It’s no secret that a poor night’s sleep leaves you feeling less than ideal the next day. It’s when we sleep that our bodies repair and rejuvenate. Even short term sleep deprivation can have serious side effects. But if you have ever spent the night watching the minutes pass-by then you know that inadequate sleep leads to decreased concentration, brain function, low energy, and feeling off the next day.
The weight loss connection
As if you need more reason to aim for a good night’s sleep, you can add weight to the big list of things sleep effects. While a night spent tossing and turning can hinder the most determined weight loss efforts, a blissful night’s rest sets you up for diet success.
The amount and quality of your sleep affects the hormones in the body that control feelings of hunger and fullness—two feelings that have a big impact on day-to-day weight management. These two hormones are ghrelin and leptin which have discussed in many articles.
- Ghrelin, which is produced in the GI tract, is the hormone that stimulates appetite, causing you to feel hungry.
- Leptin is produced in the fat cells and is responsible for sending a signal to your brain that you are full.
When we’re well rested these hormones work in balance doing their duty to alert us when it’s time to eat, and time to put the fork down. However, when you are sleep deprived, levels of ghrelin (the hunger hormone) rise, and leptin (the one that tells you to stop eating) plummet, and this sets the stage for overeating and/or irresponsible eating choices. When sleep is restricted to 4 hours per night over 2 nights, leptin can drop by 18%, while ghrelin can increase by an average of 28%. To make matters even worse, sleeping poorly leaves you more inclined to eat sugary, refined carbs. This connection is well researched and established, but I pretty sure most people have experienced it themselves.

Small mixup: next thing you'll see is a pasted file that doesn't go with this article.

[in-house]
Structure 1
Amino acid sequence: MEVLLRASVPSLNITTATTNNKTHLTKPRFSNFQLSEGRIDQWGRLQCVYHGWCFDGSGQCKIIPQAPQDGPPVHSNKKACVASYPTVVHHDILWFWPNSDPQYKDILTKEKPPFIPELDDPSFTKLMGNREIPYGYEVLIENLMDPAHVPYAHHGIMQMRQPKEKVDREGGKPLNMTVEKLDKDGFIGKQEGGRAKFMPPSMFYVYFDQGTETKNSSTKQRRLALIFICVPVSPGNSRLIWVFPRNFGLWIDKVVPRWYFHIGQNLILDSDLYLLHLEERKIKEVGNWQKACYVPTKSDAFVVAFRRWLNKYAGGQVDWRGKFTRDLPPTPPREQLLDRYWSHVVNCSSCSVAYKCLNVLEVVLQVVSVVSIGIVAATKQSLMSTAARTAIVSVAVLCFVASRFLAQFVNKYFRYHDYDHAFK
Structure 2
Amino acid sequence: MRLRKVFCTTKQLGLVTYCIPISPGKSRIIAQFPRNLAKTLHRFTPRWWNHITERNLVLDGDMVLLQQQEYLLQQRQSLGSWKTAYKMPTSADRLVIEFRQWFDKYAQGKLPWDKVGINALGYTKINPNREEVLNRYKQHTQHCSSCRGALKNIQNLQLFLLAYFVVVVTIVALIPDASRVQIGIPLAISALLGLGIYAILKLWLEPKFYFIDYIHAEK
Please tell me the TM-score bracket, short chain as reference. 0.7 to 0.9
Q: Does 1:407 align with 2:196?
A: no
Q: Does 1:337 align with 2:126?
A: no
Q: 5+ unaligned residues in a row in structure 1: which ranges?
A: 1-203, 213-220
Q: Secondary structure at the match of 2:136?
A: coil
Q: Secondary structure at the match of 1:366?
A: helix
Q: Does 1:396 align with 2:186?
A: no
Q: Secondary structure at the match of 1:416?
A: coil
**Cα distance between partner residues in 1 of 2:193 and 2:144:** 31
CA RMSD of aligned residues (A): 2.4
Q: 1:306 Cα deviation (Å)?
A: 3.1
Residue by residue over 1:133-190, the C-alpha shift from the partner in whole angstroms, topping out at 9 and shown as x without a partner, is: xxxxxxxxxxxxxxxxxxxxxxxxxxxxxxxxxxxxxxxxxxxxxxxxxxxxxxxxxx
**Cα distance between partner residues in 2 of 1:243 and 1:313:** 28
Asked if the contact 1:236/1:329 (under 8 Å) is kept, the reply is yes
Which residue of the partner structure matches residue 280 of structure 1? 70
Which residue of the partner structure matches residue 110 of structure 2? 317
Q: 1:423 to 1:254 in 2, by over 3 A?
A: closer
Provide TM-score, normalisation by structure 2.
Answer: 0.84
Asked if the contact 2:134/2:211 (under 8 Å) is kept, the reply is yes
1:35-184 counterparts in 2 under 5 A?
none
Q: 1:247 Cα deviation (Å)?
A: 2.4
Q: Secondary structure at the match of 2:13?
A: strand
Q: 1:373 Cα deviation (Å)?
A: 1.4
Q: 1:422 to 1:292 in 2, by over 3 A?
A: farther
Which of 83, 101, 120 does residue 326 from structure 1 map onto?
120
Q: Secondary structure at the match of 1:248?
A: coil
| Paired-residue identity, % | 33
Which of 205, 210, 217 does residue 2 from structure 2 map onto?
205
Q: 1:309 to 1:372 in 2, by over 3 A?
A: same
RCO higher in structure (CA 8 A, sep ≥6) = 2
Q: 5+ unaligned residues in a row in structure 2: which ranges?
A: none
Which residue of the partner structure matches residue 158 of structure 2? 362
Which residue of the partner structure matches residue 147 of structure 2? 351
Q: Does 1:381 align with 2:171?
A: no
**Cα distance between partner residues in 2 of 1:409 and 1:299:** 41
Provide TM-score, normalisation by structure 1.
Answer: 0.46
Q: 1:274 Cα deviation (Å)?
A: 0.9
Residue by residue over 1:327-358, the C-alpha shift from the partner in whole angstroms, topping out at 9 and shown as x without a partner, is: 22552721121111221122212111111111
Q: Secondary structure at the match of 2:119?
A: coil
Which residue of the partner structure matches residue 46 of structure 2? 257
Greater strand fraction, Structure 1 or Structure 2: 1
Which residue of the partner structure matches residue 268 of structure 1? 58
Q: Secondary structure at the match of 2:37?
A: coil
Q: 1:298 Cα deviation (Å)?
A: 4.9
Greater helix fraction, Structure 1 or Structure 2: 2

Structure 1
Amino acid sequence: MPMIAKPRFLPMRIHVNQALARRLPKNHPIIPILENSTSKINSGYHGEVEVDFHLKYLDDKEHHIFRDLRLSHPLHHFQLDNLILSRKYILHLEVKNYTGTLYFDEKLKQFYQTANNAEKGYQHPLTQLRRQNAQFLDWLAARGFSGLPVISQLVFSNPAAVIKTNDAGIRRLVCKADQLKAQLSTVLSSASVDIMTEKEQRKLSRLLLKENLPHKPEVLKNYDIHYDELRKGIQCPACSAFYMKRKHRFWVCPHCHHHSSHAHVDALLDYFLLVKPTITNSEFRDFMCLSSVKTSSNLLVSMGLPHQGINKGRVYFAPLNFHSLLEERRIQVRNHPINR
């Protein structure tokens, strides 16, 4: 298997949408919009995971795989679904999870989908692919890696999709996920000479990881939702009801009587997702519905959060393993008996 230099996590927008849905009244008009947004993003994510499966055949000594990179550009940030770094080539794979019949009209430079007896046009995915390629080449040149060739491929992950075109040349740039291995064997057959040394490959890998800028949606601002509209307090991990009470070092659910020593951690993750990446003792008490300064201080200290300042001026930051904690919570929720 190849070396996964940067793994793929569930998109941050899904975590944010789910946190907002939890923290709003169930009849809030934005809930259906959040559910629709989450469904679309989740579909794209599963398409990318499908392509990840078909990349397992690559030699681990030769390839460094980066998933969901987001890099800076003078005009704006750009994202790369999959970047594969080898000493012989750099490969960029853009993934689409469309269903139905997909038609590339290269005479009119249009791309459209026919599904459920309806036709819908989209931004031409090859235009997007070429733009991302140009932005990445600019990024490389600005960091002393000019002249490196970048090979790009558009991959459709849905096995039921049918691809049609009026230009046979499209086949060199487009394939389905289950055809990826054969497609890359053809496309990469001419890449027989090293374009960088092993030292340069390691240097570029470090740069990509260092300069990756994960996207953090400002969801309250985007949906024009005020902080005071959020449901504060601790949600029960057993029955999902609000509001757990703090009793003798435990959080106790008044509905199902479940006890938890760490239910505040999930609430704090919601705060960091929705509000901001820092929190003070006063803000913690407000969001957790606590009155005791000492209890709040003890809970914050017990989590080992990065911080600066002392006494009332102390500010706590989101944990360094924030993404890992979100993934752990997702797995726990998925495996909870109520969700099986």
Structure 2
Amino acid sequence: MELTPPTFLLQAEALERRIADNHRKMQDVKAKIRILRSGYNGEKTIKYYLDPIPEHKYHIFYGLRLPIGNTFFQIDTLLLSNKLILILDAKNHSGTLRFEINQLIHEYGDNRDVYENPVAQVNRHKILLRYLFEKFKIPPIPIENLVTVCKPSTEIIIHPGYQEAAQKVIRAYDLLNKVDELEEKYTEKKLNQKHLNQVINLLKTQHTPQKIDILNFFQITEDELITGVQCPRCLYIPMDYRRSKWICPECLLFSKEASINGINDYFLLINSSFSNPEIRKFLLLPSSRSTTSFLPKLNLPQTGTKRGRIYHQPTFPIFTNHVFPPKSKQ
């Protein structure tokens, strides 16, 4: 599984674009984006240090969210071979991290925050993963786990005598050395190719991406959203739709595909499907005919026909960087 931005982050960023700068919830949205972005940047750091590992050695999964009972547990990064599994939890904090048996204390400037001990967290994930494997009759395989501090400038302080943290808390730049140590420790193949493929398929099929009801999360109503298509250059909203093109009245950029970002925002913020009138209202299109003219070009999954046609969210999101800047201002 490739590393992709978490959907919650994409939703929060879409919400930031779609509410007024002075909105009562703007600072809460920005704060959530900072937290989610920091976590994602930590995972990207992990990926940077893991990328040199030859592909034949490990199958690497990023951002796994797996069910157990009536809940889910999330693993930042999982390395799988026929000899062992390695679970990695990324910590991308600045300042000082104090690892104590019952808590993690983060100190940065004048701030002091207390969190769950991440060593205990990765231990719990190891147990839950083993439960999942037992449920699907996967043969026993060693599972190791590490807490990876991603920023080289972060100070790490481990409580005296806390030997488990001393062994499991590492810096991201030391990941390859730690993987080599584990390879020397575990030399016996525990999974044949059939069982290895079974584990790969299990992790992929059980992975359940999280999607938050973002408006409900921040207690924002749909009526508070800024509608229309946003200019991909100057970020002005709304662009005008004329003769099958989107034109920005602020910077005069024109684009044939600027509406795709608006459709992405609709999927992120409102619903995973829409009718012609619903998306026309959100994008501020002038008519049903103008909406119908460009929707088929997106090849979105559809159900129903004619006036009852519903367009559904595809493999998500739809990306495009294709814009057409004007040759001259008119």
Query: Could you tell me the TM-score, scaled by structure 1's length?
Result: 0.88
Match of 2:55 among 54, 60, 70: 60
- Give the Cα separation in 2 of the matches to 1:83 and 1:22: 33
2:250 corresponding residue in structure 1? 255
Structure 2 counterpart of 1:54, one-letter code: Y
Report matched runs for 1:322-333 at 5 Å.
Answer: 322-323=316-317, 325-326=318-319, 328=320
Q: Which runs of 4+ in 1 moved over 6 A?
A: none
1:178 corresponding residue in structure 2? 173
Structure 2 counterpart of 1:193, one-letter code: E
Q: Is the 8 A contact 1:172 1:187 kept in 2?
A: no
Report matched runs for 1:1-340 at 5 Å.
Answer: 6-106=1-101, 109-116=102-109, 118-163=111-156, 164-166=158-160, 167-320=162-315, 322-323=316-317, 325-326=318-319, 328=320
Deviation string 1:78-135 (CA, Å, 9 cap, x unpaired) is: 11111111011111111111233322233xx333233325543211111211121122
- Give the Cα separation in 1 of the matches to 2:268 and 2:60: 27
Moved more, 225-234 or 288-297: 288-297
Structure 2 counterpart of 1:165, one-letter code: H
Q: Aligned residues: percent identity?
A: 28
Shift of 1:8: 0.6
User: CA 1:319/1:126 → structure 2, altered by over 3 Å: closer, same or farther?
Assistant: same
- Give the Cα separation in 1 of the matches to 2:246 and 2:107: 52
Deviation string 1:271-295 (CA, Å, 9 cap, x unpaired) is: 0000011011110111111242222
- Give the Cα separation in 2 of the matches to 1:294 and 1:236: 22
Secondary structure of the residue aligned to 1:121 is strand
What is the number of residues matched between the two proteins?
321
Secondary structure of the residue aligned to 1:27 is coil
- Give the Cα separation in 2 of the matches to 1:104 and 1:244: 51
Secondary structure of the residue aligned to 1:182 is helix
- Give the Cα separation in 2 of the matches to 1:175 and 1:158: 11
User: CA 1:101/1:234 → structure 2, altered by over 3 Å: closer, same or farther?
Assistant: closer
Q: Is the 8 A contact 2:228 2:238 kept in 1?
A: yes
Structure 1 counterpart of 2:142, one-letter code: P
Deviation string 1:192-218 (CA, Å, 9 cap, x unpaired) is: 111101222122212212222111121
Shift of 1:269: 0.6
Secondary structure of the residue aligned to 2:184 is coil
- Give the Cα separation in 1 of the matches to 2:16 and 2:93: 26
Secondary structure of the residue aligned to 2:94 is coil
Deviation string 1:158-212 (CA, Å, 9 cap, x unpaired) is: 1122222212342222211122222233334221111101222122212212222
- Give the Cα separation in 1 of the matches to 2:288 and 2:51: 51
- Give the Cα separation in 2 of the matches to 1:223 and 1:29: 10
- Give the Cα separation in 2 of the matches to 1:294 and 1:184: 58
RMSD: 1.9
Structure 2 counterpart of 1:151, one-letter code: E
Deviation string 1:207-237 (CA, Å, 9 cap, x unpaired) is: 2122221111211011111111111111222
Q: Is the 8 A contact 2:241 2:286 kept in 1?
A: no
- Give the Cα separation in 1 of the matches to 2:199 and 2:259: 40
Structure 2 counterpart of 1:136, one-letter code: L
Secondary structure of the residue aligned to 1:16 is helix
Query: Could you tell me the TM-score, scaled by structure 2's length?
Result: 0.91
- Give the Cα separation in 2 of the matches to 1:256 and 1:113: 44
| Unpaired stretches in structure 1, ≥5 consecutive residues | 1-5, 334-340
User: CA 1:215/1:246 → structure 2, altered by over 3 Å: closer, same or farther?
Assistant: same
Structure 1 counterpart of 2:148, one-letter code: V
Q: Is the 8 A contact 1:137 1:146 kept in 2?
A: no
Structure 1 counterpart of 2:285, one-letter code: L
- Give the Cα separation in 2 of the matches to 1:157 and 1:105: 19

A good night’s sleep will help you lose weight
More often then not, when these hormones are out of whack, one of two things happens. Either portion control goes out the window and you end up eating more than you needed to, or you are left feeling hungry, deprived and unmotivated with the attempt to be healthy in the first place. To make matters worse, the changes in brain function from not getting a good night’s sleep cause us to crave junk food.
Simply put, not getting enough sleep leads to extreme feelings of hunger the next day, even if we’ve had enough to eat… and it will be much harder it is to stick to healthy, responsible eating habits.
On the flip side, getting adequate sleep only helps us stay on track and eat responsibly. Our hormones will get in sync as they’re intended to, we feel energized and focused to go about your weight management plans as planned. Free from sleep-induced hunger-and-satiety hurdles, weight loss efforts are simply easier to maintain.
How to improve sleep
Getting good quality sleep is often easier said than done. In my experience sleep habits are more difficult than eating ones. So here is some simple pointers.
- In my opinion a good night is a result of low resting heart rate.
- Try to sleep at the same time every day.
- Find a routine that allows you to relax before sleep. Dedicate 30 minutes to relaxing. Maybe take a shower and read a sci-fi book.
- Take your mind off the problems and worries. Write the next days urgent tasks down and park them. It is time to relax.
- Remove electrical devices and reduce blue light.